To call a procedure with an optional argument, you must use an explicit interface. If argument keywords are not used, argument association is positional. The first dummy argument becomes associated with the first actual argument, and so on. If argument keywords are used, arguments are associated by the keyword name, so actual arguments can be in a different order than dummy arguments. A keyword is required for an argument only if a preceding optional argument is omitted or if the argument sequence is changed.

So, if you call heev as

call heev(c%a,lambda,'V','U',info)

its ok, because all arguments are on place.

Fortran 95 syntax:

call heev(a, w [,jobz] [,uplo] [,info])

But if you call heevr as:

call heevr(c%a,lambda,'U',info)

it is wrong, because in this case info argument comes as z argument which is matrix.

Fortran 95 syntax:

call heevr(a, w [,uplo] [,z] [,vl] [,vu] [,il] [,iu] [,m] [,isuppz] [,abstol] [,info])

So, replace your call statement with the next one:

call heevr(c%a,lambda,'U',info=info)

or better:

call heevr(c%a,lambda,uplo='U',info=info)

Thanks,

Vladimir

Thank you Vladimir,

Of course the arguments were wrong. Saturday is not a good day to work you can do silly mistakes.

The problem that puzzles me is the computational aspect and why I get different results.

Alin

Without Questions there are no Answers!

Alin,

Try to add one more argument for heevr call: call heevr(c%a,lambda,z=z,uplo='U',info=info) where z is the matrix.

According to documentation for ?heev, matrix a on exit contains eigenvectors (if jobz=v):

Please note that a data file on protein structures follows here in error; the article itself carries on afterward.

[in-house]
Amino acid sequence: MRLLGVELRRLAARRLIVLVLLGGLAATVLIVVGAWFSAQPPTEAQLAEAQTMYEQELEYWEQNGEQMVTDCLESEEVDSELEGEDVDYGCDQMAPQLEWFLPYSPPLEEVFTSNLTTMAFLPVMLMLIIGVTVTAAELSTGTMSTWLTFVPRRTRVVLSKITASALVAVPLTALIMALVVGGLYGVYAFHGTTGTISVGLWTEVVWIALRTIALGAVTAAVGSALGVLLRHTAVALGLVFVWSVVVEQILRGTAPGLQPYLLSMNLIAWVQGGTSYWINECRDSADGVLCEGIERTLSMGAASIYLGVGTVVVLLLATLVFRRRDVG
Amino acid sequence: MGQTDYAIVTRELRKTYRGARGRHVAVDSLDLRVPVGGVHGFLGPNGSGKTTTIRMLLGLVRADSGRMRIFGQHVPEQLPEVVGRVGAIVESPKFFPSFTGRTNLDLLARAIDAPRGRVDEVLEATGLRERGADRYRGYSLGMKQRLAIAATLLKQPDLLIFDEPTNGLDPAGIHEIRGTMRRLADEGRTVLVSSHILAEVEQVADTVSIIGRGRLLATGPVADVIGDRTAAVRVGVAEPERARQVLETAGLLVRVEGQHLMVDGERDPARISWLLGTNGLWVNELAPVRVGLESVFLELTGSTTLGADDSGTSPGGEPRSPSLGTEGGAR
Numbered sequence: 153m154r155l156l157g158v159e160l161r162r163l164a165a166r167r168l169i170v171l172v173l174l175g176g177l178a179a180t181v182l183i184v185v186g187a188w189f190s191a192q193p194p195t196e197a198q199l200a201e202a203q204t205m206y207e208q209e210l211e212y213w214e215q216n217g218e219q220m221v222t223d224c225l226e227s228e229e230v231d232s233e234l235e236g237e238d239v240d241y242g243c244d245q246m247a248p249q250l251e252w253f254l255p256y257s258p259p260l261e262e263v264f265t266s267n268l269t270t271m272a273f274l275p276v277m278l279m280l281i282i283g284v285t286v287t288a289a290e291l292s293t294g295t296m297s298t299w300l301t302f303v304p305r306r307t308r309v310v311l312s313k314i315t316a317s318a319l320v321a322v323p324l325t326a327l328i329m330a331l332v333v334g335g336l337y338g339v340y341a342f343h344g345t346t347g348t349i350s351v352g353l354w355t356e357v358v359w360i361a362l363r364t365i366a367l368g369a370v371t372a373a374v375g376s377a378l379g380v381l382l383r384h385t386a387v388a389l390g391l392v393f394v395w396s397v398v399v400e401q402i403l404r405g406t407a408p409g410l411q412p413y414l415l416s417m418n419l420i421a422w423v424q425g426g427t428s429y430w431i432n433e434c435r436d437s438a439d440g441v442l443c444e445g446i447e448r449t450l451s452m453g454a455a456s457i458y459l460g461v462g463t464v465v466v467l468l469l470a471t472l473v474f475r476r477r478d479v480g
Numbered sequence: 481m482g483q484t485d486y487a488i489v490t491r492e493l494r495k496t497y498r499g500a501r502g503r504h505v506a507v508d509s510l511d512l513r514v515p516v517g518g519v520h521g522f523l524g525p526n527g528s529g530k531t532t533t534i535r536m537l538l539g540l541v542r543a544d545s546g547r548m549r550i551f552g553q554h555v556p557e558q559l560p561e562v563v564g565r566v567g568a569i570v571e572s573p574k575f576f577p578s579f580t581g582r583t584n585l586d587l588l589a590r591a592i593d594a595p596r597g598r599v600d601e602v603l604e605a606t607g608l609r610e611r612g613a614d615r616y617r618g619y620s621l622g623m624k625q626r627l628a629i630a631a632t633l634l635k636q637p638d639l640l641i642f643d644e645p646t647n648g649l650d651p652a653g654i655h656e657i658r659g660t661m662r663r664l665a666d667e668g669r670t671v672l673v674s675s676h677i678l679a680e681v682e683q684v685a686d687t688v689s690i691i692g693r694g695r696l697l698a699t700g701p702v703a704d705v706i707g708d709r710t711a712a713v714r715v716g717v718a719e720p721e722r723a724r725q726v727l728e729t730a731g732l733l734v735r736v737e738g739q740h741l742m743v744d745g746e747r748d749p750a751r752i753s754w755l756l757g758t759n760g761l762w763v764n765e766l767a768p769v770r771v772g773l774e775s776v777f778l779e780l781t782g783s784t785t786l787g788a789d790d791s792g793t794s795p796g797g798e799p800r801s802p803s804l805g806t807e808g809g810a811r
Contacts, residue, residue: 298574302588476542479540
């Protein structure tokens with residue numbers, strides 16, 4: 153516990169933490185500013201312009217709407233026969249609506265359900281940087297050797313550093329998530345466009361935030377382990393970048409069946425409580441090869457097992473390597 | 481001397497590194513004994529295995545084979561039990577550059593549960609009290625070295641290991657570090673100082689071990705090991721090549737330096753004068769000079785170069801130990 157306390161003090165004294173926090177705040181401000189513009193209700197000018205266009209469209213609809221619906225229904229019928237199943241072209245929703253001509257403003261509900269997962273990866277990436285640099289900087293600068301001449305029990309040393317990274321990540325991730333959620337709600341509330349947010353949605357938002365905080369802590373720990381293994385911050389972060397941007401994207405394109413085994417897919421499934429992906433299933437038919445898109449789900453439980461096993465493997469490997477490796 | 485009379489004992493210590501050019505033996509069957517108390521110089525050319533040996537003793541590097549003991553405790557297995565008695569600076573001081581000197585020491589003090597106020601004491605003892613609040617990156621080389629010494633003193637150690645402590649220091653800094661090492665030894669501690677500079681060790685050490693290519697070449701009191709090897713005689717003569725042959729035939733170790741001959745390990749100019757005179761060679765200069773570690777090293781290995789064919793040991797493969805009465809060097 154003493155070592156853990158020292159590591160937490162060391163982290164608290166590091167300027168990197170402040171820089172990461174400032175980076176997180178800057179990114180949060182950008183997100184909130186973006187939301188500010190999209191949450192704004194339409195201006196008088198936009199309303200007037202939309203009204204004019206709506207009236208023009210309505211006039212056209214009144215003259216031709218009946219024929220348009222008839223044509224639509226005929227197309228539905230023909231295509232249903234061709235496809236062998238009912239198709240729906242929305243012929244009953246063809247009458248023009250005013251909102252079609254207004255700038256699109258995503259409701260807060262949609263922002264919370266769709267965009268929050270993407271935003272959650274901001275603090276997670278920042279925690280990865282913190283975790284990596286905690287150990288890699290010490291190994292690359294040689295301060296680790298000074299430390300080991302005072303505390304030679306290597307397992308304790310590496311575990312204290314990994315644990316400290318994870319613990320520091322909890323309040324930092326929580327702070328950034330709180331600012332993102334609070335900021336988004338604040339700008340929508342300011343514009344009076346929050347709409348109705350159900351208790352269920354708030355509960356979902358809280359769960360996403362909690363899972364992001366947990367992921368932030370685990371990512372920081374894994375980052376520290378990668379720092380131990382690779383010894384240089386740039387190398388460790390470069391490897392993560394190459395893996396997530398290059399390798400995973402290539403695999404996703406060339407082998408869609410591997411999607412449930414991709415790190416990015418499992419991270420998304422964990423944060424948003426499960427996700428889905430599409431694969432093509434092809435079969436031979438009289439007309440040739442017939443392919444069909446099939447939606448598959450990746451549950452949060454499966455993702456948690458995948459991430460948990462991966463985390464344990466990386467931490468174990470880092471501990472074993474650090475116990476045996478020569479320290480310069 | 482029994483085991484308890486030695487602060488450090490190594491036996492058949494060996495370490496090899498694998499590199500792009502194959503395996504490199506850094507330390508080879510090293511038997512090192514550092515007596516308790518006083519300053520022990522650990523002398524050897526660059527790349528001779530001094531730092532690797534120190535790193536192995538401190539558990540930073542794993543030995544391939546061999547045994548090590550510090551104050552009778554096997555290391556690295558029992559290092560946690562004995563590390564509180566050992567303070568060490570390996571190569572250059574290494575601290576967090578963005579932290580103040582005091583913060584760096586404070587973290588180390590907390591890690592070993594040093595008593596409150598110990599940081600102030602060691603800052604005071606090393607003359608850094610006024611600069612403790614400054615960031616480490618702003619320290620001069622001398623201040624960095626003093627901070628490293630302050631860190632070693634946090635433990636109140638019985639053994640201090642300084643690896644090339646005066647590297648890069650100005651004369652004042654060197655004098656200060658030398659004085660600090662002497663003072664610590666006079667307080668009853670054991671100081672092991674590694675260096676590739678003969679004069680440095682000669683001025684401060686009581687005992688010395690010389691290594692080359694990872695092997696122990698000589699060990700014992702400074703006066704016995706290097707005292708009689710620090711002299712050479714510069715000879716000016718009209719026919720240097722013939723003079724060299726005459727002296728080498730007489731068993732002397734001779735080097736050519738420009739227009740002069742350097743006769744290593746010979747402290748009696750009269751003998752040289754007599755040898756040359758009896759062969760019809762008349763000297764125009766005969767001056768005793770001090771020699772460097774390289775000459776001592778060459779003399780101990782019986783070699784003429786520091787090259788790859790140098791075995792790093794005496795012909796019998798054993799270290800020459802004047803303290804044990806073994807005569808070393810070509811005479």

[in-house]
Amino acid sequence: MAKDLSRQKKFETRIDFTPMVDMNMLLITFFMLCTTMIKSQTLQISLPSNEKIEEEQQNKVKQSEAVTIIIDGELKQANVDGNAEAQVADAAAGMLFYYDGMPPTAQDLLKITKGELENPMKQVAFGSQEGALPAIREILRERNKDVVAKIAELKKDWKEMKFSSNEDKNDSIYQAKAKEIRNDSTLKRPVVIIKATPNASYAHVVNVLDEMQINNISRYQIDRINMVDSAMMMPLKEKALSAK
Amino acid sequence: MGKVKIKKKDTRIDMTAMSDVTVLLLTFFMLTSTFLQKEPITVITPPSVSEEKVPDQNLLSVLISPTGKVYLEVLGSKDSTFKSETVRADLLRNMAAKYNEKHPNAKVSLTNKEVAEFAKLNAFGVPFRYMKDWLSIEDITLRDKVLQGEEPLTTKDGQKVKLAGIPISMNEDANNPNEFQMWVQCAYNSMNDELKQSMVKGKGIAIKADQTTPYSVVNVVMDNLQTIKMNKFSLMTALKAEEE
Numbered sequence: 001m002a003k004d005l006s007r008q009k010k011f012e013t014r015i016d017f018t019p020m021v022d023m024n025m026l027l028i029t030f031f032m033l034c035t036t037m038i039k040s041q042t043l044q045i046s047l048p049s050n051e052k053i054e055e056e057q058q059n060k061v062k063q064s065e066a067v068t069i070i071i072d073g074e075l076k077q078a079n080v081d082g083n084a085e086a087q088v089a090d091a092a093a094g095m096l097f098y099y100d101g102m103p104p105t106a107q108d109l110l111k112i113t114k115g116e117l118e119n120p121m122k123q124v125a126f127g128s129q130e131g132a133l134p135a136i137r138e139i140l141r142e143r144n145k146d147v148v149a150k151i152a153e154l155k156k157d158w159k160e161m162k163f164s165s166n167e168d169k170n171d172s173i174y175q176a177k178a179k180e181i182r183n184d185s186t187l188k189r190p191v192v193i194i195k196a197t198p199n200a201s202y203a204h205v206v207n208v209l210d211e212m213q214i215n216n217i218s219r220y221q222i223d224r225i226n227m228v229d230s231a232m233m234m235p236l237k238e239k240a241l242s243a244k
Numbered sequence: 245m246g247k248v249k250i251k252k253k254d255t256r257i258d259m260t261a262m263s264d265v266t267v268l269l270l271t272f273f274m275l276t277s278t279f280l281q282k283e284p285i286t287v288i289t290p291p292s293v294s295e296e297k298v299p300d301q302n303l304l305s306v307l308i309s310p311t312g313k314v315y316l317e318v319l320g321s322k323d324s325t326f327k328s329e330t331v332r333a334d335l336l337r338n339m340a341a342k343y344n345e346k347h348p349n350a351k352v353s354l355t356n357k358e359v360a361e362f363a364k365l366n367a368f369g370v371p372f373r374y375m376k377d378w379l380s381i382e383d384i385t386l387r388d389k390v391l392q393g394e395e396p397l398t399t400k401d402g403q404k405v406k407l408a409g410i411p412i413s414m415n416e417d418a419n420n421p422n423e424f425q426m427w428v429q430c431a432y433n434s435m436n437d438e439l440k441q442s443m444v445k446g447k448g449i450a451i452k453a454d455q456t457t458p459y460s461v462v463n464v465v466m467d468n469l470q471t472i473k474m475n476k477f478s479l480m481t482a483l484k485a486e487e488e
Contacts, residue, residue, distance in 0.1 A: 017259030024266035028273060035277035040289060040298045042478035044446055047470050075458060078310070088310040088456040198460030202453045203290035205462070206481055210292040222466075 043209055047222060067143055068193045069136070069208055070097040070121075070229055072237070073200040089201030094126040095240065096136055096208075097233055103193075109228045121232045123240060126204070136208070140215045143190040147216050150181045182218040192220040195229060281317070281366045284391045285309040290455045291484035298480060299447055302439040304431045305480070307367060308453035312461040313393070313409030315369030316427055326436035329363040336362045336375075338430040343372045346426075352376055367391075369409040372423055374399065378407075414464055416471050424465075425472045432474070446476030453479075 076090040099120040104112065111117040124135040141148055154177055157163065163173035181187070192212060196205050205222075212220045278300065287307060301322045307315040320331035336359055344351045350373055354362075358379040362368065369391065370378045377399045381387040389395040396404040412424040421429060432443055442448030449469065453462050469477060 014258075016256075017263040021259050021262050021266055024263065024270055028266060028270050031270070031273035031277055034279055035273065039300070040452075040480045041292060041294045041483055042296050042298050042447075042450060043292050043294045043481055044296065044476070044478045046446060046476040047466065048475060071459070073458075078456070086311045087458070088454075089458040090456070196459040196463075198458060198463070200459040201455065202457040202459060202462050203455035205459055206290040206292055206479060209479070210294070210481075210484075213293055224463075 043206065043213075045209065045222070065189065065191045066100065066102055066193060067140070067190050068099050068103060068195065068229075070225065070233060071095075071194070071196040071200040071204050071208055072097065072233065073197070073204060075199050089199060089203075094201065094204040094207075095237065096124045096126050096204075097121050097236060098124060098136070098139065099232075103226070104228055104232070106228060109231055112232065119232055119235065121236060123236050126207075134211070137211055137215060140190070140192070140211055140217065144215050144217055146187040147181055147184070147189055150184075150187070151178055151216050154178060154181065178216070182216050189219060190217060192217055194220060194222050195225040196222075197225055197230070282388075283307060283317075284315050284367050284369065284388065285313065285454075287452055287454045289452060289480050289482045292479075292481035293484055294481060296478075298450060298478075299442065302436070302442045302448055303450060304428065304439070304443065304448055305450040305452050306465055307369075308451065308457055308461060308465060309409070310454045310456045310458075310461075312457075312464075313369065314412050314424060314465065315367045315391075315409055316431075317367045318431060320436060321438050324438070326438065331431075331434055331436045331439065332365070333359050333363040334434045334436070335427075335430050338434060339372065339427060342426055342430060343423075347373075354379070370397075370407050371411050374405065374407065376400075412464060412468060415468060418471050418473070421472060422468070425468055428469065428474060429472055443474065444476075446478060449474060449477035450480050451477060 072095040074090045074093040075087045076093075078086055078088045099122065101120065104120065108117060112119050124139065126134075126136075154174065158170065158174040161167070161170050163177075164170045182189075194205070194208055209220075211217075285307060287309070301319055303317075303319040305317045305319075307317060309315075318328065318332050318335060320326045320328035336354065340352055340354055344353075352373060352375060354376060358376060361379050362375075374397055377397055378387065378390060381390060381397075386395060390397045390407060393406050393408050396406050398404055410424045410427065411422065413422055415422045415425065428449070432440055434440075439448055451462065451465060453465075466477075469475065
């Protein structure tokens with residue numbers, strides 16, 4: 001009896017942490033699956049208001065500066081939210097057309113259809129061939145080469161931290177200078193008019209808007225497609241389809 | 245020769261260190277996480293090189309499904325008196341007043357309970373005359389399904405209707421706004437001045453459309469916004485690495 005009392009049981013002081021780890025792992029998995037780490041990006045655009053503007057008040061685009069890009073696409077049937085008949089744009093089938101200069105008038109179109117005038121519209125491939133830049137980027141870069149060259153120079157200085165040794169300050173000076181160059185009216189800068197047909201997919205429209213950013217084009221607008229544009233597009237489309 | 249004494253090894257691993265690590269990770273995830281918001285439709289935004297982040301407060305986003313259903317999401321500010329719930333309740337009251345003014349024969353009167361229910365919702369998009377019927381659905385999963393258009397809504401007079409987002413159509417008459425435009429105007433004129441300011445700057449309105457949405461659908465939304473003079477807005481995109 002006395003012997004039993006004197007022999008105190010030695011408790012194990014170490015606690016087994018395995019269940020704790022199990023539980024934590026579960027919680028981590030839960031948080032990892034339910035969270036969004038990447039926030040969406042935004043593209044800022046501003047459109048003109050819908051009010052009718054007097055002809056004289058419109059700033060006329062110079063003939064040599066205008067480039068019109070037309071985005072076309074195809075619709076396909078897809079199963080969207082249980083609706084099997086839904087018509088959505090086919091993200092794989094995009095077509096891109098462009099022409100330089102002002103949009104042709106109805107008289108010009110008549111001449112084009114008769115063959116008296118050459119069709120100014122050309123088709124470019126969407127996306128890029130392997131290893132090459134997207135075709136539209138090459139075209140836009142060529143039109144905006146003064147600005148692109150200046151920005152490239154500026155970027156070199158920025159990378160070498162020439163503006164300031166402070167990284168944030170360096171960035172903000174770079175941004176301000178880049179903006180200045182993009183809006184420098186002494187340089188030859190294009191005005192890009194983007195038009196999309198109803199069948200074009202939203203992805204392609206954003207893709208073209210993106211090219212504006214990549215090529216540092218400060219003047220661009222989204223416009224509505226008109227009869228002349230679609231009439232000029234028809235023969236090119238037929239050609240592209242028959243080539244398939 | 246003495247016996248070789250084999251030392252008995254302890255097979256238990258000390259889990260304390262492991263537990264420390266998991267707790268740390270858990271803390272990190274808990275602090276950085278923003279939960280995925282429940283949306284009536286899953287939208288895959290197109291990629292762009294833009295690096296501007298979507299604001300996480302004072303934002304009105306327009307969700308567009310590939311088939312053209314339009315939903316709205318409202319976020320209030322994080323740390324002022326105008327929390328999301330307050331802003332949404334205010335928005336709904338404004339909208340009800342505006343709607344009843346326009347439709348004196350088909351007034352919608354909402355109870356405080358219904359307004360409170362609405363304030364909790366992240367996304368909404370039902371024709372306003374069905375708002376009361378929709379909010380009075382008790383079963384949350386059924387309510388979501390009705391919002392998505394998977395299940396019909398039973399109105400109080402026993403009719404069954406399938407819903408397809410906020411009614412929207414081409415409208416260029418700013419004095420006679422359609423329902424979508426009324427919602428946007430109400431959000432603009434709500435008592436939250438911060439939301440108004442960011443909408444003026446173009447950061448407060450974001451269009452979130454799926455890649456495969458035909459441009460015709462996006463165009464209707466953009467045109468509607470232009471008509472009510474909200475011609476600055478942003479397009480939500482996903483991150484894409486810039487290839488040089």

On exit, if jobz = 'V', then if info = 0, array a contains the orthonormal eigenvectors of the matrix A.

If jobz = 'N', then on exit the lower triangle (if uplo = 'L') or the upper triangle (if uplo = 'U') of A, including the diagonal, is overwritten.

On the other hand, for ?heevr matrix a is always broken:

On exit, the lower triangle (if uplo = 'L') or the upper triangle (if uplo = 'U') of A, including the diagonal, is overwritten.

To get eigenvectors with heevryou should use z argument:

COMPLEX for cheevr

DOUBLE COMPLEX for zheevr.

Array z(ldz, *); the second dimension of z must be at least max(1, m).

If jobz = 'V', then if info = 0, the first m columns of z contain the orthonormal eigenvectors of the matrix T corresponding to the selected eigenvalues, with the i-th column of z holding the eigenvector associated with w(i).

If jobz = 'N', then z is not referenced.

Note: you must ensure that at least max(1,m) columns are supplied in the array z; if range = 'V', t
he exact value of m is not known in advance and an upper bound must be used.

Thanks,

Vladimir

Thank you, Vladimir!

Still no luck now I get a segmentation fault.

Here is a quick example

program testHeevr
use mkl95_LAPACK, only : heevr
implicit none
integer, parameter :: pr=kind(1.0d0)
complex(pr) :: a(6,6),b(6,6),c(6,6)
real(pr) :: l(6)
integer :: i,j,info
c=cmplx(0.0,0.0,pr)
a(1,:)=(/-1.423200,0.000000,0.000000,0.000000,-0.500239,-0.500239/)
a(2,:)=(/0.000000, -0.813300, 0.000000, 0.000000, 0.026084, 0.026084/)
a(3,:)=(/0.000000, 0.000000, -0.813300, 0.000000, 0.000000, 0.000000/)
a(4,:)=(/0.000000, 0.000000, 0.000000, -0.813300, 0.521674, -0.521674/)
a(5,:)=(/-0.500239, 0.026084, 0.000000, 0.521674, -1.000000, 0.000000/)
a(6,:)=(/-0.500239, 0.026084, 0.000000, -0.521674, 0.000000, -1.000000/)
do i=1,6
write(*,'(6f10.4)') (real(a(i,j)),j=1,6)
enddo
do i=1,6
write(*,'(6f10.4)') (aimag(a(i,j)),j=1,6)
enddo
b=a
c=a
l=0.0_pr
info=-1
call heevr(a=b,w=l,uplo="U",z=c,info=info)
do i=1,6
write(*,'(7f10.4)') l(i),(real(c(i,j)),j=1,6)
enddo
end program testHeevr

this is what I used to compile

ifort -o a test.f90 -i_dynamic-L/opt/intel/mkl/10.0.3.020/lib/em64t -lmkl_lapack95 -lmkl_intel_lp64 -lmkl_intel_thread -lmkl_core /opt/intel/mkl/10.0.3.020/lib/em64t/libguide.so -lpthread -Wl,-rpath,/opt/intel/mkl/10.0.3.020/lib/em64t